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I recently reviewed the code for a webapp built with angular and found that it was written with the ng-app="myModule" directive placed on the <body> tag. When learning angular, I've only ever seen it used on the <html> tag, as recommended by the angular docs here, here, and in their tutorial.

I've explored this a bit on my own and found SO questions, notably this one and similarly this one, that discuss loading multiple modules for a page. However, this technique different from my case, as it involves placing ng-app on elements within the body and using manual bootstrapping to run two angular apps at the same time.

As far as I can tell, there is no difference at runtime between an app with ng-app on <html> or <body>. As I understand it, ng-app designates the root of an angular application, so placement of it on the <body> would cut <head> out of angular's scope, but I can't think of any major way this would affect things. So my question is: What are the technical difference between placing ng-app on one of these tags instead of the other?

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3 Answers 3

There is no big difference where you put ng-app.

If you put it on <body> then you have a smaller scope for AngularJS which is slightly faster.

But I have used ng-app on the <html> for manipulating the <title>.

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Thanks for the answer! This is basically the conclusion I'd come to, so it's good to hear that others are thinking along the same lines. I'm interested in exactly why it's faster and how much faster it could be, are you able to explain that more or do you have any references that can illustrate this? –  MattDavis Apr 3 '13 at 18:02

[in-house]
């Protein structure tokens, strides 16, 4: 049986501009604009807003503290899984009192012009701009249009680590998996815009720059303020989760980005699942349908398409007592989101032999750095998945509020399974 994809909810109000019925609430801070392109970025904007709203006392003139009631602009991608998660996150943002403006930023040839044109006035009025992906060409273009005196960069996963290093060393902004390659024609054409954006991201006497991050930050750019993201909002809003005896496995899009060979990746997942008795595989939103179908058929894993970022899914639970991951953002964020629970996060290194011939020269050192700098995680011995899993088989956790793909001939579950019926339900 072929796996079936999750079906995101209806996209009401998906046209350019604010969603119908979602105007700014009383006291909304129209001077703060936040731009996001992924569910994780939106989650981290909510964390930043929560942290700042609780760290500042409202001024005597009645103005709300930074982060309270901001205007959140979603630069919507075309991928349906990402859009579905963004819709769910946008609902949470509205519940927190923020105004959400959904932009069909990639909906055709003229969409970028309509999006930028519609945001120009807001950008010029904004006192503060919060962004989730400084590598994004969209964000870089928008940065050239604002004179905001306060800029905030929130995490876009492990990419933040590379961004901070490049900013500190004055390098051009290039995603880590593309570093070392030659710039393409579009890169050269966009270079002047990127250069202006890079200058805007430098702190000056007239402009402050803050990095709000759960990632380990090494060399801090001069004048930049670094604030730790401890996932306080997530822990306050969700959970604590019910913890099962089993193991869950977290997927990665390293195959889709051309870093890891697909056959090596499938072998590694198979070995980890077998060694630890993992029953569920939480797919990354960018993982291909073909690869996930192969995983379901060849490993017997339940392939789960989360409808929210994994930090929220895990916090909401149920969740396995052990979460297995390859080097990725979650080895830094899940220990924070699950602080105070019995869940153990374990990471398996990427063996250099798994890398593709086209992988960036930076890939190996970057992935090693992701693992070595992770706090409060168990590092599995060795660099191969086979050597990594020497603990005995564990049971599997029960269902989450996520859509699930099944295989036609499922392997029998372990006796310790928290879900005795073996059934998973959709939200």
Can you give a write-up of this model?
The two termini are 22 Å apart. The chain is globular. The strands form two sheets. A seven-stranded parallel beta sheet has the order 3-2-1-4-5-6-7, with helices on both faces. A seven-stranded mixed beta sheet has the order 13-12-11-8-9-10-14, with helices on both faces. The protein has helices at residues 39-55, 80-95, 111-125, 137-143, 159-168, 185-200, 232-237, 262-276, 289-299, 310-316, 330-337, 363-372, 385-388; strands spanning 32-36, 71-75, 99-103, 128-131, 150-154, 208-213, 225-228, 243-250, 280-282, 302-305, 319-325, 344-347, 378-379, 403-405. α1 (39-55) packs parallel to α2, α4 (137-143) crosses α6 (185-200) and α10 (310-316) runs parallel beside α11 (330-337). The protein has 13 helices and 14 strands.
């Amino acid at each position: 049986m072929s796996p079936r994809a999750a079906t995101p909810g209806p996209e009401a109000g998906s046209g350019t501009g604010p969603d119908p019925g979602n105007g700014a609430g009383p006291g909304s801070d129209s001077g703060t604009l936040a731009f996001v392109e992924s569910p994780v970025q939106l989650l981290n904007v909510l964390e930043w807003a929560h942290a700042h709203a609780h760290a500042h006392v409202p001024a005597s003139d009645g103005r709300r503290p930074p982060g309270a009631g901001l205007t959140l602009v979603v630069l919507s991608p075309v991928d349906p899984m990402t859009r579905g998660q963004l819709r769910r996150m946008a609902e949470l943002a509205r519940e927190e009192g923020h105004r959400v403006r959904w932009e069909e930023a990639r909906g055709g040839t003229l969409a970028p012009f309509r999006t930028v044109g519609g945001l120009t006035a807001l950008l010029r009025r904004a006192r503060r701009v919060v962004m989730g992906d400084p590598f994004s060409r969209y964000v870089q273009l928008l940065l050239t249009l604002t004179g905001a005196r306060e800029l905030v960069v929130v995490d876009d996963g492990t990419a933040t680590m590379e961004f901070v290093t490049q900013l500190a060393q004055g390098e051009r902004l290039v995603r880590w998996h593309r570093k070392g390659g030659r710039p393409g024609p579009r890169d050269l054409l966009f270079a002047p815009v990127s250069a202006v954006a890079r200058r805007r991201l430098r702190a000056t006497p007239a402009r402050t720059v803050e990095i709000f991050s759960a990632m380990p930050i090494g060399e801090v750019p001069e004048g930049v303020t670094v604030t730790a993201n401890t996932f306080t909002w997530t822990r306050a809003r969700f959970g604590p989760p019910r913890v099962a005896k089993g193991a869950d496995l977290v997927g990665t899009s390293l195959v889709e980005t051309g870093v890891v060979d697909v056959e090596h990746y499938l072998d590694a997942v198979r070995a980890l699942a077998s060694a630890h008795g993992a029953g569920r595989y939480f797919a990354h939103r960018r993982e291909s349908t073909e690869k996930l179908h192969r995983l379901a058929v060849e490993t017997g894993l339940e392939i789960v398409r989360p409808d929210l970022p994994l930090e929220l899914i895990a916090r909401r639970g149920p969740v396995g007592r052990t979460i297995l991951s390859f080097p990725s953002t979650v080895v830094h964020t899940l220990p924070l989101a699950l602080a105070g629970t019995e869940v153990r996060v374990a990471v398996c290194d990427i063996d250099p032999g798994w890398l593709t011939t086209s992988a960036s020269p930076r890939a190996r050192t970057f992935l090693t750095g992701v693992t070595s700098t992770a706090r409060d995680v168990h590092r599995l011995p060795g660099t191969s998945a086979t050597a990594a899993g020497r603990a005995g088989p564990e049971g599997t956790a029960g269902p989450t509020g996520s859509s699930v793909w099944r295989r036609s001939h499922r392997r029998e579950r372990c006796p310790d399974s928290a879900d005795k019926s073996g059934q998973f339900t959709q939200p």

I really mean slightly faster. It is minimal. Just smaller scope means less elements in which AngularJS to look for directives. If you have a ton of meta elements for Open Graph for example it could have a small impact. –  Haralan Dobrev Apr 4 '13 at 5:46
title. that's the real reason. –  gwho Sep 15 '14 at 15:47
short and useful +1 –  A.K. Nov 13 '14 at 10:44

I was on a team working on a legacy app and found it best to use the ng-app tag in a div that is used as a wrapper to isolate new code from the legacy code.

We discovered this while working on the app that was heavily relying on jqGrid and Dojo.

When we added ng-app to the head tag it blew up the site, but when we used a wrapper we could use Angular with no problems.

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This is a good example of where I differentiate between three use cases for Angular: "single page app", "standalone" (i.e. takes over page but uses normal links to other pages), and "mixin" (i.e. just a small bit on the page). You have described exactly the mixin usage and in that case, totally agreed ng-app should be only on the div where the mixin applies. However, for standalone or SPA usages, I think it should be on the <html>. –  fool4jesus Mar 5 '14 at 12:51

AngularJS will bootstrap the first ng-app it finds! That's it. If you have more than one ng-app, it will only process the first one. If you want to bootstrap any other element use angular.bootstrap()

The value of the ng-app attribute is a module that have been created using:

angular.module("module_name", [])

A module defines how angular will bootstrapped because we do not have a main() method unlike other programming languages. If ng-app's value is empty, then it defaults to use 'ng', the default module.

It was said to be slightly faster because angular will process all of the elements inside the element where ng-app was. But I doubt slightly part because the difference will be hardly noticeable at all, unless you have a very very bulky DOM.

If you want examples here: http://noypi-linux.blogspot.com/2014/07/angularjs-tutorials-understanding.html

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